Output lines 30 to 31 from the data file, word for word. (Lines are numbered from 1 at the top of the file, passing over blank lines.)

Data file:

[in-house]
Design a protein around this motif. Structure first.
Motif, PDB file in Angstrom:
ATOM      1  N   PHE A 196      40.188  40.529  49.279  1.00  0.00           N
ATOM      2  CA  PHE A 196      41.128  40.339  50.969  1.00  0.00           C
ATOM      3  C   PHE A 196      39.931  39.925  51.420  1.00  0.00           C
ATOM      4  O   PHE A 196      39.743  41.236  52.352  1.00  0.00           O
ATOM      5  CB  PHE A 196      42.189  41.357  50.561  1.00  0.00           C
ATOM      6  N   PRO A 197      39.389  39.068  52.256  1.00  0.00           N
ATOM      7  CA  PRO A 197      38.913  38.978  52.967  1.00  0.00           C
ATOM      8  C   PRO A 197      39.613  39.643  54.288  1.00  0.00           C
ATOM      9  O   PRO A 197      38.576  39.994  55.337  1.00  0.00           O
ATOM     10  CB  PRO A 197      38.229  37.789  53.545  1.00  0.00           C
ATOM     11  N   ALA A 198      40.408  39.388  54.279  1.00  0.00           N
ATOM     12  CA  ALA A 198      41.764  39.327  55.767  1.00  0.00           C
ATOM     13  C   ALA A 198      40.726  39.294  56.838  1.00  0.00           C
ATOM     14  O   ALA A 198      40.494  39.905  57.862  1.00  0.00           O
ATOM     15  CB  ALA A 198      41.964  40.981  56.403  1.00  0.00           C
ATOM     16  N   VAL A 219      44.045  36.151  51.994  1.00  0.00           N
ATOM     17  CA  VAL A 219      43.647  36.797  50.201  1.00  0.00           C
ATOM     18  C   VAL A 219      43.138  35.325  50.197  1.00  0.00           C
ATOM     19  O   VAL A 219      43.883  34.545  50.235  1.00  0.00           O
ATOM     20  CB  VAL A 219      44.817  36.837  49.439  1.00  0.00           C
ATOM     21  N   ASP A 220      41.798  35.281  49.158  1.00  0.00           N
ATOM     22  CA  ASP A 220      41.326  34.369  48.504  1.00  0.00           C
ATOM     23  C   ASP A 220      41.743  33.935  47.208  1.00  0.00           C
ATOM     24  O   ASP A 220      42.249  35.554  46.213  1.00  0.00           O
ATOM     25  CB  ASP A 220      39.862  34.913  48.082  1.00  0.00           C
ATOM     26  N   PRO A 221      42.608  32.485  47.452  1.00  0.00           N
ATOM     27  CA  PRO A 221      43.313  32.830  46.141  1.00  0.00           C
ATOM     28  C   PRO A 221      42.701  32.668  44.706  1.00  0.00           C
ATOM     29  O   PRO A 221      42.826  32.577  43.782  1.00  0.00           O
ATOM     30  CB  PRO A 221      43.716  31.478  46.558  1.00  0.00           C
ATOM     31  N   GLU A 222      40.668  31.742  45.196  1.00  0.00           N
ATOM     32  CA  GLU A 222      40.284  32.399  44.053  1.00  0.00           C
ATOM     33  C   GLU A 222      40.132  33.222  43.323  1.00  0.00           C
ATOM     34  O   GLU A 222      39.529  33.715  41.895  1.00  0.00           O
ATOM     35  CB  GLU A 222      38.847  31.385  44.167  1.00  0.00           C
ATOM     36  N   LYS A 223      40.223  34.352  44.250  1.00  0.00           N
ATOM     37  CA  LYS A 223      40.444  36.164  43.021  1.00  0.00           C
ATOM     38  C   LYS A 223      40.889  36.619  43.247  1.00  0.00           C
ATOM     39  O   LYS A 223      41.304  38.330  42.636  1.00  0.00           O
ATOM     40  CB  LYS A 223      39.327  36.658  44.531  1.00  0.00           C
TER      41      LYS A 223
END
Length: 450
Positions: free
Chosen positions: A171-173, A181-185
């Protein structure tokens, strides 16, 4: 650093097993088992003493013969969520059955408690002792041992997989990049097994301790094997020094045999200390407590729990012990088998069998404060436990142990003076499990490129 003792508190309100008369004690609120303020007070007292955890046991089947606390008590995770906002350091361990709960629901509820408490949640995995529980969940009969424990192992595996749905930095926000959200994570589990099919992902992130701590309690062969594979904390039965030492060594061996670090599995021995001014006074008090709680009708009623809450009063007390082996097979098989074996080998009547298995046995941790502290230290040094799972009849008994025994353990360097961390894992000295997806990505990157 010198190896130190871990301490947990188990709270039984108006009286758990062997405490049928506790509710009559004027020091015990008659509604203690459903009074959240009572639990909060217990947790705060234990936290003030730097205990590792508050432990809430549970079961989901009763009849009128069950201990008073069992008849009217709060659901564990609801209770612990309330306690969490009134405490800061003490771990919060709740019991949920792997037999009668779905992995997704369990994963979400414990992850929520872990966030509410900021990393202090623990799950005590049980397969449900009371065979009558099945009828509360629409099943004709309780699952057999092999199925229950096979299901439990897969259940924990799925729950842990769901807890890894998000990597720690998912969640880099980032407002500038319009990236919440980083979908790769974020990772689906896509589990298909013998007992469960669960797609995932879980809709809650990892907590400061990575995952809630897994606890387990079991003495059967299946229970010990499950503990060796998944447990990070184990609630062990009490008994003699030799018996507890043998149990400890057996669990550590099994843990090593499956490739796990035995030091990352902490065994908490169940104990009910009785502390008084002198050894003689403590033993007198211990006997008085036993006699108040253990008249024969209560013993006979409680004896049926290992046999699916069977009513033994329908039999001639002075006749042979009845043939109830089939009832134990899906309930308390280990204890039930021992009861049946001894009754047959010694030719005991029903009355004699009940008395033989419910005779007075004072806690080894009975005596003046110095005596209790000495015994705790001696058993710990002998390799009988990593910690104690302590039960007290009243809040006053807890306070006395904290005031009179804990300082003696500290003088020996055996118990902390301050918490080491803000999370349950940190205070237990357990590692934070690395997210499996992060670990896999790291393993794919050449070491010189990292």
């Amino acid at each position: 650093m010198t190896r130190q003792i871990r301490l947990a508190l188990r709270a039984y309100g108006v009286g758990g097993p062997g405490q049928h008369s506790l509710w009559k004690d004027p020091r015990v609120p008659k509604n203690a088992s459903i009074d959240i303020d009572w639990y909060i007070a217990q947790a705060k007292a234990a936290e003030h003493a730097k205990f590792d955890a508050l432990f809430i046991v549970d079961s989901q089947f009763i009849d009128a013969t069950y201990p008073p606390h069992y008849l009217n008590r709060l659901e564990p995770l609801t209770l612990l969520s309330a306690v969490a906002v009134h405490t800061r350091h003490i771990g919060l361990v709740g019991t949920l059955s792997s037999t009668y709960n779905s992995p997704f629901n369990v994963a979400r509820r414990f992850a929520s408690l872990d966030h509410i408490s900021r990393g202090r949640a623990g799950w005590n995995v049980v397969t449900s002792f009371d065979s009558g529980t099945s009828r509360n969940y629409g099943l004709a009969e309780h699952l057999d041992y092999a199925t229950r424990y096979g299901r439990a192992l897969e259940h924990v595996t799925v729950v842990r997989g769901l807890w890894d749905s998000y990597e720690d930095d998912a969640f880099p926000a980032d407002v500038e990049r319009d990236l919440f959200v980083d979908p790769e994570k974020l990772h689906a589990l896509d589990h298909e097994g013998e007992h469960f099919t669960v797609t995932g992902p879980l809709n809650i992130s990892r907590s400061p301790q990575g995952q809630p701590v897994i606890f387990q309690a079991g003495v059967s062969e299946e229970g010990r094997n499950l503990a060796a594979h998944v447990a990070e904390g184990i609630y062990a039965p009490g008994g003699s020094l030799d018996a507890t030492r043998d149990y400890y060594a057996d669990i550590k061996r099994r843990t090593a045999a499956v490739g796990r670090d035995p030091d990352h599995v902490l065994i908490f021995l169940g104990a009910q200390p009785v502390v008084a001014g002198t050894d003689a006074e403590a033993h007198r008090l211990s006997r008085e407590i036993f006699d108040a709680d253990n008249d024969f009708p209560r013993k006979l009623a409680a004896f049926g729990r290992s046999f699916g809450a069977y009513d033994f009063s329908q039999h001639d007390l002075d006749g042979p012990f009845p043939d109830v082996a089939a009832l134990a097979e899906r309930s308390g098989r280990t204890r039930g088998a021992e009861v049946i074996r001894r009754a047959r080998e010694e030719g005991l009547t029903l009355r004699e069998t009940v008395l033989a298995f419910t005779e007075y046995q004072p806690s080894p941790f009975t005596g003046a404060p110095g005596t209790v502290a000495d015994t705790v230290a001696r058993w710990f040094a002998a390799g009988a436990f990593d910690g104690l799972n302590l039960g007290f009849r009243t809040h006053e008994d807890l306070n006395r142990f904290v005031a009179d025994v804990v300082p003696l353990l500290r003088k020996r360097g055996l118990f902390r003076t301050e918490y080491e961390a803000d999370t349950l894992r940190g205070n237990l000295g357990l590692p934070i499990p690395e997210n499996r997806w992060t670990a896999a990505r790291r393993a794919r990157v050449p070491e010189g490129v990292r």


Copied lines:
ATOM     27  CA  PRO A 221      43.313  32.830  46.141  1.00  0.00           C
ATOM     28  C   PRO A 221      42.701  32.668  44.706  1.00  0.00           C